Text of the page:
The Los Angeles Homeless Services Authority (LAHSA), whose chair is none other than HPOA Executive Directrix Kerry Morrison, sponsors a biennial count of the homeless population of Los Angeles. And what is the purpose of this massive volunteer effort? Well, according to LAHSA, it’s to “[m]ake a difference in the lives of homeless men, women, and children throughout Los Angeles County.” That turns out to be quite accurate. The homeless count will eventually make a huge difference in the lives of the homeless of Los Angeles.
According to LAHSA executive director Peter Lynn, quoted in a January 2015 press release:
The 2015 Greater Los Angeles Homeless Count is a critical opportunity to gain information about the size and scope of the challenge we face to house community residents experiencing homelessness. We use this information to better target our homeless service resources. Volunteers will make a difference in their community, and the lives of their homeless neighbors, by committing four hours of their time.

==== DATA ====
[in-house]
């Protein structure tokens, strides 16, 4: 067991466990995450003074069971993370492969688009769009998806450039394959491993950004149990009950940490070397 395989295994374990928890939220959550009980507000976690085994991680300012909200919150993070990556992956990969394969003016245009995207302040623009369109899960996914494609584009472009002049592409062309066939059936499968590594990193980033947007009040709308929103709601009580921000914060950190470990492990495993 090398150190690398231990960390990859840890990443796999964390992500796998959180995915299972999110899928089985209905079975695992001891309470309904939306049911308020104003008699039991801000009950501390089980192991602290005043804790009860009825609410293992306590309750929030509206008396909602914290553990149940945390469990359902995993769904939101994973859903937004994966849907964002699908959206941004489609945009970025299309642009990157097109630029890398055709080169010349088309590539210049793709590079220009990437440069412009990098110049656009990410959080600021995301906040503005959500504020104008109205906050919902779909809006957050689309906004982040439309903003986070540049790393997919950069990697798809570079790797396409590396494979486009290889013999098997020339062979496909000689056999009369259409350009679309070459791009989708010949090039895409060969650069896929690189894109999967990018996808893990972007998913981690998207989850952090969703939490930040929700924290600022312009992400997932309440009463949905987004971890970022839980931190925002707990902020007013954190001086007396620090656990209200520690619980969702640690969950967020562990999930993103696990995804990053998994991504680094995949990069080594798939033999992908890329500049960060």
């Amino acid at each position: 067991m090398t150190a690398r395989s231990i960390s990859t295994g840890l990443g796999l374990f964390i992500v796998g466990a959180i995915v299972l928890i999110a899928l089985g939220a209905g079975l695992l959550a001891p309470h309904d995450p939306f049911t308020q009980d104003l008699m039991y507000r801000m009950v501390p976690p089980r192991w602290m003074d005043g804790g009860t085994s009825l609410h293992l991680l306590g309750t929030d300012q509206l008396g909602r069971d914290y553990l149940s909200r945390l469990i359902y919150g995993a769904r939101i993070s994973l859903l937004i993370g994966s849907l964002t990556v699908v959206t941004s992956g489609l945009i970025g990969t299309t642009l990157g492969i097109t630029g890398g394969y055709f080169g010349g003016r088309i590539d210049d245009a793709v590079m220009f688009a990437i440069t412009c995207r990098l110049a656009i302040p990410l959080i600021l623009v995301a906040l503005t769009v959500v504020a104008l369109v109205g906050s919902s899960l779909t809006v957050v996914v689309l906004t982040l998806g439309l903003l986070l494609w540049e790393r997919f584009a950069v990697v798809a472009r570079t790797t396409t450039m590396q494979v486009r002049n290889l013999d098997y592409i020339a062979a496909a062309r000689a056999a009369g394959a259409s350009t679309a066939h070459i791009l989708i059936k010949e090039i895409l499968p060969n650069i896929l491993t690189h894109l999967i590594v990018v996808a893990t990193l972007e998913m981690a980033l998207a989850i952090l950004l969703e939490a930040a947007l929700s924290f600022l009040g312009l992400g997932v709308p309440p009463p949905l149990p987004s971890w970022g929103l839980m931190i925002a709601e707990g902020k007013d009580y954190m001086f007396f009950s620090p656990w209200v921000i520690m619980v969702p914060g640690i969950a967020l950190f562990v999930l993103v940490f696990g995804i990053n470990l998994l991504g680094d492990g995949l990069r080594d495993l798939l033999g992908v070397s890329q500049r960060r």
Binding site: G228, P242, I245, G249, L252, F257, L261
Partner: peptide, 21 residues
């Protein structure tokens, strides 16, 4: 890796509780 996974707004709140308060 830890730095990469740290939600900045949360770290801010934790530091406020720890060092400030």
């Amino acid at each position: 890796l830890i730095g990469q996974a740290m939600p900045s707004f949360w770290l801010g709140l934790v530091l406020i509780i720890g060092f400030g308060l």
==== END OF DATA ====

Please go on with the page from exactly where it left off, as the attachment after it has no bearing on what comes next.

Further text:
Now, doesn’t that just sound warm and fuzzy, but what the heck does it really mean? Well, thanks to an unexpected visit to the March 19, 2015, HPOA Board meeting by Charlie Beck, LAPD capo di tutti capi, we have an explanation for you (hint: when Peter says “better target our homeless” that’s exactly what he means).
Watch and listen as Kerry Morrison finishes up a lengthy question to Charlie Beck and then hear his response: